The first day of school means the return of homework, early mornings and fresh starts.
It comes with sharpened pencils, new classmates, first day jitters and an expectation of achievement.
For two Murphey Middle School teachers, the first day of this school year is the dawn of a new career. Jessica McCarthy, a recent college graduate, and Janell Paschal, a career changer, begin their first day of teaching as Richmond County schools go back in to session today.
“I’m expecting it to be a challenge, but I’m expecting it to be success as well,” Paschal said.
Both women are scholars in the Georgia Teaching Fellows, which leads prospective teachers into the field through training and support.
They both wanted to teach math in schools with low-income students at the middle school level, where McCarthy said influencing a child’s passion for learning is most crucial.
McCarthy, 22, was raised in Tampa, Fla., and graduated with a degree in family youth and community sciences from the University of Florida this year. Most in her degree field go into social work or nonprofit organizations, but McCarthy wanted to make a bigger impact. As a math junkie, she remembered a piece of advice one of her high school teachers gave her years ago: “Never become a math teacher.”
That didn’t sit well with McCarthy. She hated the sight of young people struggling with math and knew she could help make a
“I think she just didn’t like teaching students who hated something she was really passionate about,” McCarthy said of her former instructor. “At the time I was like, ‘Wow, you’re so right,’ but as I’ve experienced more, I just want to change that perspective for students. Just don’t give them something to hate.”
Paschal, 31, got a taste of the classroom when she taught life skills classes for Miracle Making Ministries in Augusta. Raised in Texas, Paschal earned a bachelor’s degree in psychology and a master’s degree in counseling from Abilene Christian University in her home state and later moved to Augusta.
She liked touching young people’s lives, giving them confidence through education. Her goal for her first year of teaching is to inspire an interest in math in as many students as possible.
As Georgia Teaching Fellows, both women have completed an extensive screening process and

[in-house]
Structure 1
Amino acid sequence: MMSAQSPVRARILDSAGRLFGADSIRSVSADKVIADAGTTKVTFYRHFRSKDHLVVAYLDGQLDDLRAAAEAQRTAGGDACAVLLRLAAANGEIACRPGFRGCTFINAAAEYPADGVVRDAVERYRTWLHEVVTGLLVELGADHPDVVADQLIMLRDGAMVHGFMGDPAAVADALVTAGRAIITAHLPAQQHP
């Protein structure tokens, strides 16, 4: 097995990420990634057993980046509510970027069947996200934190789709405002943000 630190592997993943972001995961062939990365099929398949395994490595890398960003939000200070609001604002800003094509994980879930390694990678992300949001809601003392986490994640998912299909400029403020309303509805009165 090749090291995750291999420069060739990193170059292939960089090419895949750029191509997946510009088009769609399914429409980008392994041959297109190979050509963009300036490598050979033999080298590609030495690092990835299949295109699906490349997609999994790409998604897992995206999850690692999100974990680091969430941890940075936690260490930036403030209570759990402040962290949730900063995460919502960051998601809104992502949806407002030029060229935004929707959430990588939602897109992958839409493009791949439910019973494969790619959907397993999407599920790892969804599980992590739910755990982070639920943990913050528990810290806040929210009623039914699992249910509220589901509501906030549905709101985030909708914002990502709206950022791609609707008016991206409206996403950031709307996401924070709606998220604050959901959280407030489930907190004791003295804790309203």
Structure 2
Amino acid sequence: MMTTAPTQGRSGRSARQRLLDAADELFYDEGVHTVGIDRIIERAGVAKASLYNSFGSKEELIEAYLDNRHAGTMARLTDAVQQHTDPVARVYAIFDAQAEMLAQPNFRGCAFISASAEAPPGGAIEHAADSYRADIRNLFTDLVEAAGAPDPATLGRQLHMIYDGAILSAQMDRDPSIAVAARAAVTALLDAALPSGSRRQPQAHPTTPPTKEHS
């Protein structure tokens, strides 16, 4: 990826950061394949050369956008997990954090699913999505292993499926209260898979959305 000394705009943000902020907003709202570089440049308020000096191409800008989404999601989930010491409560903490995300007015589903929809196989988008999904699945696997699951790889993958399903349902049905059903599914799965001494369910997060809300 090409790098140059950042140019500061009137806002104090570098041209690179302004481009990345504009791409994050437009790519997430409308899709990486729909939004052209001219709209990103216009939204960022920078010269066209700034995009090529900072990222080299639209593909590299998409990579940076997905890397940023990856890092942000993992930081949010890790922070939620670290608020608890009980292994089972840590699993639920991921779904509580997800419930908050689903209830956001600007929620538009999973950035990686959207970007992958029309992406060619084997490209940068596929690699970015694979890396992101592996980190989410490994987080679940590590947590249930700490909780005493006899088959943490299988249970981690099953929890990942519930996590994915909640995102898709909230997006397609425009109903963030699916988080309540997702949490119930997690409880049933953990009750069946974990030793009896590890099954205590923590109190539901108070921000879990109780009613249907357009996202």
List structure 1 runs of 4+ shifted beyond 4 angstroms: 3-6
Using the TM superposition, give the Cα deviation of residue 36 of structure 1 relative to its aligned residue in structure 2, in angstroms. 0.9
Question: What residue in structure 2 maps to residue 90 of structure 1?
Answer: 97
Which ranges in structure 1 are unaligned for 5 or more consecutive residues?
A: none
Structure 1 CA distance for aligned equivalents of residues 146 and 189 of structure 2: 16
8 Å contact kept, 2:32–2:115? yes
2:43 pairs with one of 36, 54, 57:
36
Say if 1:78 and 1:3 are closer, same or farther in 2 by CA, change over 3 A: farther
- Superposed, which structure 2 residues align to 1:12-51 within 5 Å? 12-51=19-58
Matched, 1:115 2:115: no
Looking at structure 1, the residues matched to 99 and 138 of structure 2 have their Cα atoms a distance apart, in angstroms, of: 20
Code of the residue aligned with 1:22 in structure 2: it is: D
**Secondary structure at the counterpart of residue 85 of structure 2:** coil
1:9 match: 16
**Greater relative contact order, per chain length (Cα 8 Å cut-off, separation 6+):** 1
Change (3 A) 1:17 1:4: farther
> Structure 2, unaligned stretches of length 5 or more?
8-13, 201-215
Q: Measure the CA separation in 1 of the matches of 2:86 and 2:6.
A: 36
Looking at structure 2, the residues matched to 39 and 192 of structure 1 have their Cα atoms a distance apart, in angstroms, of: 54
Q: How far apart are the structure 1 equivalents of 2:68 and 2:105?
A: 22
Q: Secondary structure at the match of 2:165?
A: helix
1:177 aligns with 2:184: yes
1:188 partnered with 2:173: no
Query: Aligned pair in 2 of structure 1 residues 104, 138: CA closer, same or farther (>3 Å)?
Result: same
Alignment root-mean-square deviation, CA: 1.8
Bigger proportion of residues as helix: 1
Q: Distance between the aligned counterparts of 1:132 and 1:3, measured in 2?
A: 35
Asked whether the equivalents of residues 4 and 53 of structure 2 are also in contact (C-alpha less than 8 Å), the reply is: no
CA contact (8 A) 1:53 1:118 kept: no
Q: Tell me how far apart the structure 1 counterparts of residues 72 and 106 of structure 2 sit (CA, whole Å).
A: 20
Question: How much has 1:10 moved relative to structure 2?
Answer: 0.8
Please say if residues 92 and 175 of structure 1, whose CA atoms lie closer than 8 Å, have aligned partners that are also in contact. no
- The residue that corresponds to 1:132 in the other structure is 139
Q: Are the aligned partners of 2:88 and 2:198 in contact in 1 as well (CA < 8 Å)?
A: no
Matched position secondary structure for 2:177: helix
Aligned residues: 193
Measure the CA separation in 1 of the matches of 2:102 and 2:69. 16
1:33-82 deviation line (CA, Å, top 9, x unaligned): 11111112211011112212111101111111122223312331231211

six-week training curriculum.
This year’s cohort of new teachers is the GTF’s second, and about 60 people have been inducted since the program began in Richmond County last year.
Eric Bland, GTF Augusta’s program operations manager, said the fellowship recruits teachers to high-need schools and helps retain them at a time when keeping effective instructors is a problem across the state.
Teachers receive six weeks of training by working at Richmond County’s summer school with veteran teachers and administrators.
The fellows who make it through the hiring process are placed in the school system as full-time teachers.
Once they secure positions, teachers receive five three-hour seminars and undergo evaluations and observations during their first year of work. Those identified as highly effective after their first year are eligible for certification, Bland said.
“We provide them with that first-year support traditional teachers don’t get,” Bland said.
Paschal and McCarthy spent last week getting their classrooms ready and preparing what they’d say to students on the first day.
McCarthy, a young spirit with a huge smile, said she wants her students to see her cheerfulness but not take advantage.
“I smile a lot, but I’m not afraid to say ‘No, you can’t do that,’ ” she said.
Paschal set up her classroom with a checkerboard theme, detailing her desk with a potted plant and making it as welcoming as
“I’m excited just because it’s my very own classroom, so I’m going to make it my own,” she said. “The nerves will come, but that’s expected.”